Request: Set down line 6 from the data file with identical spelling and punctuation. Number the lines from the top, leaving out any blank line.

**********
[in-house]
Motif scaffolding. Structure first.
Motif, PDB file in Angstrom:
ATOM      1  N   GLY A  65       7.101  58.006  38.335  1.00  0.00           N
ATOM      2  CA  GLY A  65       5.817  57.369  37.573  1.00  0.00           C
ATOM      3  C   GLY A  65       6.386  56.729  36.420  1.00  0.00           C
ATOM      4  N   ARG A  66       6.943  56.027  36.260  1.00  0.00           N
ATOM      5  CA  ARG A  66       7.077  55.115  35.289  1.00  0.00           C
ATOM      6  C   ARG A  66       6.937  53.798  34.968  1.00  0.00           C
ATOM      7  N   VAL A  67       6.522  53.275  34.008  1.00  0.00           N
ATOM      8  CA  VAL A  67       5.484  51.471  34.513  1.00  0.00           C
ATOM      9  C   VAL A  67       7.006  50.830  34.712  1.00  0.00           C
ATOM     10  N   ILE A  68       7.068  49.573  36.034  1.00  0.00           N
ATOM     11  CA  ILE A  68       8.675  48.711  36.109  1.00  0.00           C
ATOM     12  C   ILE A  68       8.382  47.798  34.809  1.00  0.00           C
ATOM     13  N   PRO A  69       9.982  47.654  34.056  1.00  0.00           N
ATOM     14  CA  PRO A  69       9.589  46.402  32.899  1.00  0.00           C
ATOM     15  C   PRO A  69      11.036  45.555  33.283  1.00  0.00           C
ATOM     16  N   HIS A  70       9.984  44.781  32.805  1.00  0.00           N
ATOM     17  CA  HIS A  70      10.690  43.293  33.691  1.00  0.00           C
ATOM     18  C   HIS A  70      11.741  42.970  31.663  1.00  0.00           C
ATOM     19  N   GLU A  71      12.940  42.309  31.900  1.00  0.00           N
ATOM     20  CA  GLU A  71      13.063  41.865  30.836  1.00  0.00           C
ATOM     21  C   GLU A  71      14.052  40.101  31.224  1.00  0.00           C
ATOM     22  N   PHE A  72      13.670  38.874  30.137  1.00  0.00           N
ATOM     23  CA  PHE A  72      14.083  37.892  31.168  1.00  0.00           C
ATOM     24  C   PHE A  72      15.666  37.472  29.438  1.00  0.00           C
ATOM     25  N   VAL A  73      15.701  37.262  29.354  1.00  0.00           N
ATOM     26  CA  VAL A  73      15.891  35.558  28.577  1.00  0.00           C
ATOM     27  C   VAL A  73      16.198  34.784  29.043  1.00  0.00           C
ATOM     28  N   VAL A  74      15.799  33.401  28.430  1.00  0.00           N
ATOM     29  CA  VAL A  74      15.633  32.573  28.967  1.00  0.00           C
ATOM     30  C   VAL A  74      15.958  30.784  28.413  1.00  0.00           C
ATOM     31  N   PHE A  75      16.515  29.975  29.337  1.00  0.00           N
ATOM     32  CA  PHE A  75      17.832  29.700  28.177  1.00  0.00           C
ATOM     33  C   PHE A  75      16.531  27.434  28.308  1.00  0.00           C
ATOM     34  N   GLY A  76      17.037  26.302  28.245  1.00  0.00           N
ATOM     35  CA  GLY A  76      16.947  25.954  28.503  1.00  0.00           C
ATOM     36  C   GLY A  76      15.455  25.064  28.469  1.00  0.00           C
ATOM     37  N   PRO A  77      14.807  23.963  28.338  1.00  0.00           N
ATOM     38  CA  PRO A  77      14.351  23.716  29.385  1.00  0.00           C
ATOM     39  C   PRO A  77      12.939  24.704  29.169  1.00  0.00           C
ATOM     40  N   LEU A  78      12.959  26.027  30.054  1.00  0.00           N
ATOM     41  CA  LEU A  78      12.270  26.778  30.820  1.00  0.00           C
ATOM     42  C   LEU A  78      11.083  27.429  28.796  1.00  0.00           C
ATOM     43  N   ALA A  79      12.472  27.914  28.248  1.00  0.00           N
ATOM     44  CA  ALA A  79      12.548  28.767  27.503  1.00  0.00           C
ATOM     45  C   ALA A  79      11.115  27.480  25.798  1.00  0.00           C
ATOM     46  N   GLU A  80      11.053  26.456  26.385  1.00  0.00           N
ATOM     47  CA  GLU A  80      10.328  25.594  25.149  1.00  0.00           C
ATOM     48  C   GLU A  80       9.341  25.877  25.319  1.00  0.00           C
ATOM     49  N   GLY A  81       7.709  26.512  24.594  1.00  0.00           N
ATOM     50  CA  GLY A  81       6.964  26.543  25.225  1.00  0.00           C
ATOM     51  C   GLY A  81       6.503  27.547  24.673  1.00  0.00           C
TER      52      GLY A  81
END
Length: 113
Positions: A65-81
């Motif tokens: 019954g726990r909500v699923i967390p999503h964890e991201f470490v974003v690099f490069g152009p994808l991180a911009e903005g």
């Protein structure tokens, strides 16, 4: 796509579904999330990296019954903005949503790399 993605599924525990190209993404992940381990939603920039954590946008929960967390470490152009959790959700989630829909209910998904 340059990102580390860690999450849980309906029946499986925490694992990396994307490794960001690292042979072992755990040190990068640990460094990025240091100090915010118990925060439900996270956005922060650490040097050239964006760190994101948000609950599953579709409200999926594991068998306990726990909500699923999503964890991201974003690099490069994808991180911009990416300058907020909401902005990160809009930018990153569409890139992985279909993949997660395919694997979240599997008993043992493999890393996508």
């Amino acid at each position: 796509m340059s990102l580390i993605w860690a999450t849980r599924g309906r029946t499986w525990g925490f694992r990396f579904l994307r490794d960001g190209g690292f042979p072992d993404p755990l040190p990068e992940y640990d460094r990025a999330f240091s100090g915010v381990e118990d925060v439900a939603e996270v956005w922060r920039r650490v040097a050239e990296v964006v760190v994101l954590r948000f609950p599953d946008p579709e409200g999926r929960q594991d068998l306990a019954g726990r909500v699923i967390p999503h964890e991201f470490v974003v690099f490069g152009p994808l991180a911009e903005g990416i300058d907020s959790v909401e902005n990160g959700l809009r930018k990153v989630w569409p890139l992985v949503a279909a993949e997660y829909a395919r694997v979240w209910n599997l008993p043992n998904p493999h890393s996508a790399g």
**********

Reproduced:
ATOM      3  C   GLY A  65       6.386  56.729  36.420  1.00  0.00           C